Road Safety 2.0 is in association with Niti Aayog, GRSI, FIA, WIAA amongst others
Initiative aims to reduce India’s #1 rank in road fatalities
Target of 50% reduction in road fatalities by 2025
World Economic Forum launched a much-awaited Road Safety 2.0 program in India, in association with the Government of India, Niti Aayog and MoRTH. The Road Safety 2.0 is a flagship project of the World Economic Forum’s Global Road Safety Initiative (GRSI) in partnership with FIA & WIAA under the banner of the Road Safety Partnership in India (RSPI). According to a World Road Safety report in 2018, India ranks 1st amongst 199 countries in terms of the number of road fatalities, with 11 % of the global road fatalities taking place in India alone. In the past one decade over 1 million people have lost their lives to road crashes. The majority of them were young and came from low economic backgrounds. This has not only led to unimaginable miseries to their families but dented the Indian GDP by over 3 %.
Akhilesh Srivastava – Ex-NHAI and currently Project Head for Road Safety 2.0 in World Economic Forum
Road Safety 2.0, aims to introduce technology into all 4Es of road safety i.e., Education, Engineering, Enforcement and Emergency care, each of which has been severely ignored for decades.
Over 70 participants encompassing all the stakeholders of road safety wholeheartedly showed their support for the project. Stakeholders included UN Special Envoy, World Bank, and Indian Government World Bank, FIA, Government of India Ministries, Industry leaders, corporate houses, National Highway Authority of India, State Transport Commissioners, Western India Automobile Association (WIAA), Highway Operators, Vehicle Manufacturers, Society of Indian Automobiles (SIAM), Tech Start-Ups such as HumSafer Driver Safety Foundation, Insurance companies, Hospital chains, All India Motor Congress among other road safety experts.
According to Akhilesh Srivastava, the World Economic Forum, Project Head of Road Safety 2.0, “In India, nearly 75% of road accidents take place due to human mistakes like overspeeding, fatigue, stress and poor driving skills etc, the majority of which can be easily controlled with the use of technology.”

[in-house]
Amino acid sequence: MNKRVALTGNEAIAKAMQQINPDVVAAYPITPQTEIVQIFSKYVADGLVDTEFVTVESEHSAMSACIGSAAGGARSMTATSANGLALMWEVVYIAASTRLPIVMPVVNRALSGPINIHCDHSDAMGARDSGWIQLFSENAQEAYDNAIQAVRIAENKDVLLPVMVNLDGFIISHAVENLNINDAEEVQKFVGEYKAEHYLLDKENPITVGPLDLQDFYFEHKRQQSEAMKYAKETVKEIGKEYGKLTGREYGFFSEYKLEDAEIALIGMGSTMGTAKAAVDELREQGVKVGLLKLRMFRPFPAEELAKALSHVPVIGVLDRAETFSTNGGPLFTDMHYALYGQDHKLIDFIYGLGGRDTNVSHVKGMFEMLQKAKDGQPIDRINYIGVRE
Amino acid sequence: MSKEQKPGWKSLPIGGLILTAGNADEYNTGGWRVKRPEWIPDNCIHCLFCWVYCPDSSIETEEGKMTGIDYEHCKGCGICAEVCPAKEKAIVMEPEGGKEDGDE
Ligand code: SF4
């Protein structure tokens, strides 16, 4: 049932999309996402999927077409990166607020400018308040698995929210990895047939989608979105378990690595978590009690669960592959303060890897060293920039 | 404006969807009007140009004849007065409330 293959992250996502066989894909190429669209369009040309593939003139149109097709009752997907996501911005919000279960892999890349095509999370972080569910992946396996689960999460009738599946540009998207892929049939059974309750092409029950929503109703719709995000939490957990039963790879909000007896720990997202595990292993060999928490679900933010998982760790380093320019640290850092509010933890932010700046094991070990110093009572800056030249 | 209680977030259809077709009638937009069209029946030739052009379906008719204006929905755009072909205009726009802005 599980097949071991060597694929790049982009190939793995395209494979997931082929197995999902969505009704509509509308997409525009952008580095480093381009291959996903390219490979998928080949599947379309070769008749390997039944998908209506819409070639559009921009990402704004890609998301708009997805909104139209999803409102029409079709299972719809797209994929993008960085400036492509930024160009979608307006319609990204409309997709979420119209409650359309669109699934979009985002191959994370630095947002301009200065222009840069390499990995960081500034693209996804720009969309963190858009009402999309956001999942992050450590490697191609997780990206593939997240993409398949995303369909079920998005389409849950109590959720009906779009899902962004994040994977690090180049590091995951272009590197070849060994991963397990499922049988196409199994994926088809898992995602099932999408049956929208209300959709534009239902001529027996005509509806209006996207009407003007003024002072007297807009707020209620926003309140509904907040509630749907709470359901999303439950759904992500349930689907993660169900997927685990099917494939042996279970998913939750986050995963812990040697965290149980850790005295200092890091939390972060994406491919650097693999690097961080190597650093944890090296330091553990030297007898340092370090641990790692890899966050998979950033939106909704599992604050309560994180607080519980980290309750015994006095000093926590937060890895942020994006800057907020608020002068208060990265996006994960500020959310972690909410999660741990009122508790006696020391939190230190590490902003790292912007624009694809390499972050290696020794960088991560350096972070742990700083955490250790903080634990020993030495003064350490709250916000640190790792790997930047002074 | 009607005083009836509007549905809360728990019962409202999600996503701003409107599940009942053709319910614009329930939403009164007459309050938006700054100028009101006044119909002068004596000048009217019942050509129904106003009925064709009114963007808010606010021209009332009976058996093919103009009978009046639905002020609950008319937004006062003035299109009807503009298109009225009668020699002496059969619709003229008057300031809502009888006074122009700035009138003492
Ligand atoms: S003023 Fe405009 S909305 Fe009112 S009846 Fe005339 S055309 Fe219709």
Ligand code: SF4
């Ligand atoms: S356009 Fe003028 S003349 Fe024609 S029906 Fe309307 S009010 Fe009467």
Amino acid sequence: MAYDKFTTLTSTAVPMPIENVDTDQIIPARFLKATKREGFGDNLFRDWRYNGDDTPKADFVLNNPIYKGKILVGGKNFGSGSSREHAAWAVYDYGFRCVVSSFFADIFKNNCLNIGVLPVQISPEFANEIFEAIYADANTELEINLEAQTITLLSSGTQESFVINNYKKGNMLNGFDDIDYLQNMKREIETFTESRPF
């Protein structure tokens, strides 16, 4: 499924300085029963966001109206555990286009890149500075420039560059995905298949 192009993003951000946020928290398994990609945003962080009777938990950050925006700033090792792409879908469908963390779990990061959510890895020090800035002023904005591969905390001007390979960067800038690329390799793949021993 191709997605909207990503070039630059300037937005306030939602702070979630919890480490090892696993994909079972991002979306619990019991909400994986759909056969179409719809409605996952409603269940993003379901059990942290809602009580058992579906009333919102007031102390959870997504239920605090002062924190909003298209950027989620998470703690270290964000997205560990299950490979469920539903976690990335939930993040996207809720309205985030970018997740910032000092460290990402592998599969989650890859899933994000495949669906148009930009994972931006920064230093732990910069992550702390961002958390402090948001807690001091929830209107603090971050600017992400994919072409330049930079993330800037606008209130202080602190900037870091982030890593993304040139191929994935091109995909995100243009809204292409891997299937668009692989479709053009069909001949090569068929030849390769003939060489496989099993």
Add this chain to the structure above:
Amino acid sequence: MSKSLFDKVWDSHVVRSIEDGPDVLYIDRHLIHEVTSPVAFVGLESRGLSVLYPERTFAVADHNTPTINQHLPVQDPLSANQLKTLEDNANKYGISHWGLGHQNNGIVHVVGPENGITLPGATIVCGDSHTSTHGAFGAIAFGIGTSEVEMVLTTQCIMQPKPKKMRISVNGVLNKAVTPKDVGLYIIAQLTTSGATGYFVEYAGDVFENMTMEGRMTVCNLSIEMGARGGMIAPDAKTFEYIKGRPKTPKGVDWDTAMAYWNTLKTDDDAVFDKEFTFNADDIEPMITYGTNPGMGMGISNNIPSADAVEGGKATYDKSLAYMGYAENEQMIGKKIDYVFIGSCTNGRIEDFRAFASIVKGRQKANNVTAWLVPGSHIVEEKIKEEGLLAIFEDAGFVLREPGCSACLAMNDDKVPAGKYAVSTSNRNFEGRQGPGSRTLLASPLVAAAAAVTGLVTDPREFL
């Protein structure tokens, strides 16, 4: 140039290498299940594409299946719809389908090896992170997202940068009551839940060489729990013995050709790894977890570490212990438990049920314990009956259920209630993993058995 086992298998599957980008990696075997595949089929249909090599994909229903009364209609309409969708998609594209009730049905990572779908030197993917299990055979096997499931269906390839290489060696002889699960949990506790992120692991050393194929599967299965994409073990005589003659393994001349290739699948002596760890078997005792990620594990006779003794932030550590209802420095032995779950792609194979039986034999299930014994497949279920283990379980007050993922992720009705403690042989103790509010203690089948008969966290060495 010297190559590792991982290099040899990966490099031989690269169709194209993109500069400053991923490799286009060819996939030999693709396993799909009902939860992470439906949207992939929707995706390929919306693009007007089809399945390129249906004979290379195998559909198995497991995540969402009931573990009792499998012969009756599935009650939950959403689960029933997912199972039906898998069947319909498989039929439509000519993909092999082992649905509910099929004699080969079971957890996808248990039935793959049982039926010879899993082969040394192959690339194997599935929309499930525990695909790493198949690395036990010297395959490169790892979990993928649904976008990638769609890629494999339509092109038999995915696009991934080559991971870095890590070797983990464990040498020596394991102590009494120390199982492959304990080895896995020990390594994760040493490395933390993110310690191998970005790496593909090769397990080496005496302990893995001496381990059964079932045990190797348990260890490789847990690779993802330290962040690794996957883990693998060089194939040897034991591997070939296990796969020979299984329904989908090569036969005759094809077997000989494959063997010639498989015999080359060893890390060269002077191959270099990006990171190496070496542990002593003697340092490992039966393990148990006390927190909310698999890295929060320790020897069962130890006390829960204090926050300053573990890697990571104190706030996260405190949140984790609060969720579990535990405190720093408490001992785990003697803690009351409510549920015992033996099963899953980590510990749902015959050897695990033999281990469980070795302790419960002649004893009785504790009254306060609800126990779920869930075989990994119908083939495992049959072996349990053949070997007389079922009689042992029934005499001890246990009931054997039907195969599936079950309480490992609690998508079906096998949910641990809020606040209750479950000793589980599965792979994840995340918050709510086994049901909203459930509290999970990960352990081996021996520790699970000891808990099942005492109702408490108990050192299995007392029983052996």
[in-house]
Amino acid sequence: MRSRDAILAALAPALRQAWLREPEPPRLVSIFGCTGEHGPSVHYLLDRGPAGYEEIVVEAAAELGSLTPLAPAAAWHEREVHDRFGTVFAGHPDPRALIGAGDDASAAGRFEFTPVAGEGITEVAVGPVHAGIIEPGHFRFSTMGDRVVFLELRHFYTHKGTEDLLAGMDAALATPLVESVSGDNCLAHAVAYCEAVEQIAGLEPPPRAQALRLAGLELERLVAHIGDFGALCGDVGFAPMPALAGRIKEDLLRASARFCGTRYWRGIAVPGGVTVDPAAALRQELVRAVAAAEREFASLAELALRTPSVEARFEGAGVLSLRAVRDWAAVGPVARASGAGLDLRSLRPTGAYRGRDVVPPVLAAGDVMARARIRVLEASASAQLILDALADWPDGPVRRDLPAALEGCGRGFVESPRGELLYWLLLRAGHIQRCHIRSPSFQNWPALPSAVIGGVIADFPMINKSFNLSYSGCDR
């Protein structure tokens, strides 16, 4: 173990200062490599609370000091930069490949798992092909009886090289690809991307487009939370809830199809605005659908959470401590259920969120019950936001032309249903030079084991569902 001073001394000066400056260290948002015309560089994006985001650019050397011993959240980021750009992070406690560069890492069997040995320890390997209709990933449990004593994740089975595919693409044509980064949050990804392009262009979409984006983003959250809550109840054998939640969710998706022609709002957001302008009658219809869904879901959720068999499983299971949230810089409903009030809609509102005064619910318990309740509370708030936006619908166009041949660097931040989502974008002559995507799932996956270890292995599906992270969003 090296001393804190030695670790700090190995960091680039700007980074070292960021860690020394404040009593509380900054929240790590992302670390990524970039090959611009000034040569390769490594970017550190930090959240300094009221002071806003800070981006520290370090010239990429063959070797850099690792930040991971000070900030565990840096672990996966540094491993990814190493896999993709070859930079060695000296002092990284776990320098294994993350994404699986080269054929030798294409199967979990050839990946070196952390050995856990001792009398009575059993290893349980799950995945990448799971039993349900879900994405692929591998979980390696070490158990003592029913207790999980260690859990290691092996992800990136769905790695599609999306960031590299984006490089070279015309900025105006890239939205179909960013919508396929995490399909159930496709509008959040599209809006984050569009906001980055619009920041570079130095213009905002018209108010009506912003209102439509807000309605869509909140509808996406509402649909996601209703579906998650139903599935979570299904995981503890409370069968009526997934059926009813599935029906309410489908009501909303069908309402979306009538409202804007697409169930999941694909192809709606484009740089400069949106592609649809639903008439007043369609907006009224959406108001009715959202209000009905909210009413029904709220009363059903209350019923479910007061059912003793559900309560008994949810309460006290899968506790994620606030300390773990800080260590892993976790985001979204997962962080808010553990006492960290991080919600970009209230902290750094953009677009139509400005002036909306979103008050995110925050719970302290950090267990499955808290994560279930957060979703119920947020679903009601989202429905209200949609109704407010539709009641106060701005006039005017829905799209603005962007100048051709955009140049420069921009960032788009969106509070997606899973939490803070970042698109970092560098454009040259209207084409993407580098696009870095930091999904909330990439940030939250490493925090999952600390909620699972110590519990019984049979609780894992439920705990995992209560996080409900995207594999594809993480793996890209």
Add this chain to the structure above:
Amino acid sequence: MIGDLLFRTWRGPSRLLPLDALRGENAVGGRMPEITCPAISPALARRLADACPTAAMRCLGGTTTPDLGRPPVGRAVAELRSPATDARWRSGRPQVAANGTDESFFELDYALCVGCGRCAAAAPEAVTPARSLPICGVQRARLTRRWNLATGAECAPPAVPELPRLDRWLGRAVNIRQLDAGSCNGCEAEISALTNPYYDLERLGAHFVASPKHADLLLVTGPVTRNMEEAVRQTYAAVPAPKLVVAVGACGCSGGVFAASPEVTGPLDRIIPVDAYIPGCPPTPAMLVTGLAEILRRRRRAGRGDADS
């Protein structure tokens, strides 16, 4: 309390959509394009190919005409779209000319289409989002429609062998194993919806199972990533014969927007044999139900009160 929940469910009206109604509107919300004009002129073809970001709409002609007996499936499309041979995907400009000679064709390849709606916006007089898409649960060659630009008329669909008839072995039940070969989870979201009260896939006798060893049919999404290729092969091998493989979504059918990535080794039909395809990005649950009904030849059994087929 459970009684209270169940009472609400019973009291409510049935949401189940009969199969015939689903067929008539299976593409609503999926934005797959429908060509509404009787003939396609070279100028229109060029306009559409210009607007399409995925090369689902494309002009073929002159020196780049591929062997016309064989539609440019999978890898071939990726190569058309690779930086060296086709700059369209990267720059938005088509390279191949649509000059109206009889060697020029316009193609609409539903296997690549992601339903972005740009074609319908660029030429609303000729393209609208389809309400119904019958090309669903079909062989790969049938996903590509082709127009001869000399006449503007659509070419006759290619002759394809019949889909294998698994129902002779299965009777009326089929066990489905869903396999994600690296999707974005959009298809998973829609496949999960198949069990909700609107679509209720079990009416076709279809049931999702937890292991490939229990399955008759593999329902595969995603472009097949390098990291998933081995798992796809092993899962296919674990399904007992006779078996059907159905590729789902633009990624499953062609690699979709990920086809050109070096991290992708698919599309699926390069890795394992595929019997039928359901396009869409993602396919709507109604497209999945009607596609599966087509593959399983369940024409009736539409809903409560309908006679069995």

Technology has the power to compensate for human limitations and the leverage of IR 4.0 technologies in road safety can drastically improve the situation. Quoting his experience of implementation of similar technology-driven programs in India, like FASTag, (the electronic toll collection program) which, he was leading as Chief General Manager in NHAI, Akhilesh
According to Sumedh Mane, Co-founder of HumSafer Driver Safety Foundation, “HumSafer, uses Artificial Intelligence based technology to check drowsiness, fatigue of drivers and gives them real-time alerts, which saves a lot of accidents. Apart from the alerts, the App continuously tracks driving behaviour like overspeeding, sudden braking, overtime driving etc and scores the points based on it. These points can be used for incentivising or rewarding the drivers for their good driving behaviours. The reward will have a more positive impact than penalizing them. These good driving score points can be used by Insurance companies to give them rebates on the Insurance premiums to incentivise them further. This will create a win-win ecosystem for the insurance companies and vehicle owners/drivers both.”
In the Kick-off meeting, other technology pilots were also discussed such as the use of IOT sensors, ANPR & speed cameras integrated with interactive digital platforms on PPP models to facilitate enforcement through e-challans, Sensor and GIS-based Apps to give advance alerts of blackspots and connect to nearest trauma centres in case of accidents to provide emergency care within the golden hour etc. Use of technology while giving driving license and technology-based advance training to drivers encouraging continuous learning through point-based road safety video games, interactive training videos etc.
The World Economic Forum and FIA with the Government of India have set the target of a 50% reduction in road fatalities by 2025.